The Wedding at Cana (The Groom for the Groom)

John 2:1-11

Pastors are often asked to preach on the Wedding at Cana for weddings in their parish. It makes sense but not for the reason we might think. It is more than “Isn’t that nice, Jesus went to a wedding and we are at a wedding today.” Or “Jesus blessed the wedding as Cana so he will bless this wedding and marriage.” That’s nice, but perhaps there is something more we can mine from this text.

Did you notice that the groom got credit for Jesus’ miracle? The groom was to be in charge of making sure there was enough food and wine. He might even hire, as in this case, a master of the banquet who made sure the food was served and everything went smoothly. Well, the groom failed. There was not enough wine. Either he was unprepared and bought too little or he was cheap and tried to get by with the least amount of wine he could. Either way he came dangerously close to ruining his bride’s special day and his own family’s reputation. He failed. The groom failed.

Mary saw this coming so she tried to enlist her Son to save the night. She wanted Jesus to save the day. He is reluctant, but he turns water into wine anyway. A miracle. His first. An important event for his disciples and us. He truly is God. But when the wine comes out the master of the banquet gives all credit to the groom. “You have saved the best till last! Most people bring out cheaper wine because the guests won’t know the difference at that point in the night. But you! Oh, what a generous and wonderful man!” The groom gets credit (at first) for the Groom’s generosity. Only Mary, the servants, and the disciples realized what occurred in the moment.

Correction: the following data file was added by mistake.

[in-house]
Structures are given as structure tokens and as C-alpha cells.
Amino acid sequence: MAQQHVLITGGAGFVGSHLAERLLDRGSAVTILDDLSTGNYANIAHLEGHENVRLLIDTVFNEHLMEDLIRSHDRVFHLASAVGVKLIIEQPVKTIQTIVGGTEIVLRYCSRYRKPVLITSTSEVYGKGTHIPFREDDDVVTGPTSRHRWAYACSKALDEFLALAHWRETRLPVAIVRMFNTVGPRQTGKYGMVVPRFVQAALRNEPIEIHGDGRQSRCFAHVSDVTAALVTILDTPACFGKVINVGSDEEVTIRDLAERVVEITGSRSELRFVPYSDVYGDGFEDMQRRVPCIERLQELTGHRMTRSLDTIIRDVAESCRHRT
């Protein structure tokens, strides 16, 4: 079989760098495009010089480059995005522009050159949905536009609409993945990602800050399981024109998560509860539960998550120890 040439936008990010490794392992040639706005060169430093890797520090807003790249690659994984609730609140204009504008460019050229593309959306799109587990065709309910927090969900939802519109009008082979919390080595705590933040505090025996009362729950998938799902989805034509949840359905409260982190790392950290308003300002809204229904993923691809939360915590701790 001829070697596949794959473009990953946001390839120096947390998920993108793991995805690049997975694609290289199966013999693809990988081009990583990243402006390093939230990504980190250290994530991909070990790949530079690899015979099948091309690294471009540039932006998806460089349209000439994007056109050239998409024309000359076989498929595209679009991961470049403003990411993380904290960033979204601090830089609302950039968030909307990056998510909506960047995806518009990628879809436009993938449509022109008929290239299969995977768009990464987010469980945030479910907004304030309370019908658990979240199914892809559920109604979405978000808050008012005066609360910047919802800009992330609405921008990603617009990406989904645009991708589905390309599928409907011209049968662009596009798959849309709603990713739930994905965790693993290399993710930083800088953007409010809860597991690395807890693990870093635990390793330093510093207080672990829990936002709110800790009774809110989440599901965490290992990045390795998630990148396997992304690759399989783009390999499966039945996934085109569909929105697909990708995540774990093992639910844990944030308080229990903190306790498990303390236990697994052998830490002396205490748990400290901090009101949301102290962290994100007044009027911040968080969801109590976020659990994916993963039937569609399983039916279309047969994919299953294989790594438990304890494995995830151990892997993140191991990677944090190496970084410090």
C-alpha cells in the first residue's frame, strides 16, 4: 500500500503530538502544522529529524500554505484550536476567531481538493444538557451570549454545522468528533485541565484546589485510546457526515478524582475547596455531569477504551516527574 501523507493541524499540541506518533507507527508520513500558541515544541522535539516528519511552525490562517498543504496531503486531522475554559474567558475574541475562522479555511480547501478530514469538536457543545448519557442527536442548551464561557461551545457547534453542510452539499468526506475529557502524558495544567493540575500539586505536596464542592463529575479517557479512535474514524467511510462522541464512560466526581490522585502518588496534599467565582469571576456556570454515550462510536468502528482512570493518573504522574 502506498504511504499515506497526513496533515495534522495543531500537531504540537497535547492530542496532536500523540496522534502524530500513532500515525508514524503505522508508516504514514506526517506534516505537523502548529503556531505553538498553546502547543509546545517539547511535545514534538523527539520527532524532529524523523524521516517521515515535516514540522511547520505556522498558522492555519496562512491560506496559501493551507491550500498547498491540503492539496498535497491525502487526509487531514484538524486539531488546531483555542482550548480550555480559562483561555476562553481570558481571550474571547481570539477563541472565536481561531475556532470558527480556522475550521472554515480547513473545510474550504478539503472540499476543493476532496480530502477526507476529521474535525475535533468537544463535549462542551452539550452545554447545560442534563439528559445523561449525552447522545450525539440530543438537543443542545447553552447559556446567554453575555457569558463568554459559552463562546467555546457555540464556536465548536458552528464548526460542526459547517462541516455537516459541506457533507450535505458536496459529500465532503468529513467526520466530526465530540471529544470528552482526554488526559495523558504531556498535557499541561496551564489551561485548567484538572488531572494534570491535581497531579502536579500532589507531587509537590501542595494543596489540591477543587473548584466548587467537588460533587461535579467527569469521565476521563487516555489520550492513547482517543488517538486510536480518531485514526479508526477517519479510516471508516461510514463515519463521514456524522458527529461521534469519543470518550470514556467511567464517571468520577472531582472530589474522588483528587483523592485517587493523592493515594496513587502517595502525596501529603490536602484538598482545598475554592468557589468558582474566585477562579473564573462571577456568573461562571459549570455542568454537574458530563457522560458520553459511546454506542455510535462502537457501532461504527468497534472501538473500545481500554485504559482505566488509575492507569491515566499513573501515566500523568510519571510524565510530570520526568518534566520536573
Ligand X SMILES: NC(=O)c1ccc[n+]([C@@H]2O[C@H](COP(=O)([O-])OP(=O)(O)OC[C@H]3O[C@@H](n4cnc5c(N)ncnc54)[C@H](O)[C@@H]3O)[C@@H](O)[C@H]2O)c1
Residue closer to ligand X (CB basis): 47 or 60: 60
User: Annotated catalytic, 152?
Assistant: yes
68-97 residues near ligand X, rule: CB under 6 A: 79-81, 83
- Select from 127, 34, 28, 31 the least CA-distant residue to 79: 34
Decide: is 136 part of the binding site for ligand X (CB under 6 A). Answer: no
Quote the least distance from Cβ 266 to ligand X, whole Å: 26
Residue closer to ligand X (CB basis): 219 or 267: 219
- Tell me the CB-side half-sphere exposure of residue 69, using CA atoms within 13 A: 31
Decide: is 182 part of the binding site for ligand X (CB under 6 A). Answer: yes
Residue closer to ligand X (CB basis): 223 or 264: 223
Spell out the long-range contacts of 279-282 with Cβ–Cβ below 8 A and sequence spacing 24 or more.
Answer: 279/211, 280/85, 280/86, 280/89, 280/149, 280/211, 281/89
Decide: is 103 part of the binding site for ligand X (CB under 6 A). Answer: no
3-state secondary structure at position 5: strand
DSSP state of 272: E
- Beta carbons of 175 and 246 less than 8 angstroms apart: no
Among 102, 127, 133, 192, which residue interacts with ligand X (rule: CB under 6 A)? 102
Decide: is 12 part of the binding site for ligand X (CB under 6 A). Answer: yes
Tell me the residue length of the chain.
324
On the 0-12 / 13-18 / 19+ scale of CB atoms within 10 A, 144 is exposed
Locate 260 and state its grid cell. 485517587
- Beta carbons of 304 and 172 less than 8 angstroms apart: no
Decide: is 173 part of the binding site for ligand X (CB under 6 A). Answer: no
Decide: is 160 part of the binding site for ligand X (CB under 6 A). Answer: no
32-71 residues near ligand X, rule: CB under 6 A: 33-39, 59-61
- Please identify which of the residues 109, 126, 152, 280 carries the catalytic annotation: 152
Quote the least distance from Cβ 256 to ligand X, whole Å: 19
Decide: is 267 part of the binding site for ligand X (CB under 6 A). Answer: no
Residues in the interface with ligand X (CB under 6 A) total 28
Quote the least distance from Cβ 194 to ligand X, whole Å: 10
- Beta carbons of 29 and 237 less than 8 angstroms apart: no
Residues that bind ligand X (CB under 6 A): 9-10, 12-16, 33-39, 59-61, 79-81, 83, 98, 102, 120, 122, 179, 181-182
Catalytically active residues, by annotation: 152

Is this not exactly what happens to us sinners? We who fail are made righteous by Christ. We get credit for his righteousness! And isn’t this a perfect way to start the marriage of two sinners? Here is your righteousness: Christ. And here is how he comes to you: in his Word and Meal. There is a wedding feast every Sunday which looks forward to the Wedding Supper of the Lamb in heaven and it too involves a miracle. You are invited to this wedding banquet. Here you get credit for Jesus’ righteousness. You are forgiven. You are made righteous. Your Groom presents you, his bride, to himself without stain or wrinkle.

So what makes a strong marriage? A lot of things, but it is Christ’s forgiveness for husband and wife and through husband and wife that is essential. So the grooms out there who fail (that’s all of us) and the brides out there who fail (that’s all of them) should come to the Groom who did not. Come to his Meal and his Word. He bailed out the lazy and cheap groom at Cana already and he will bail you out in a far more important way.

Michael Berg

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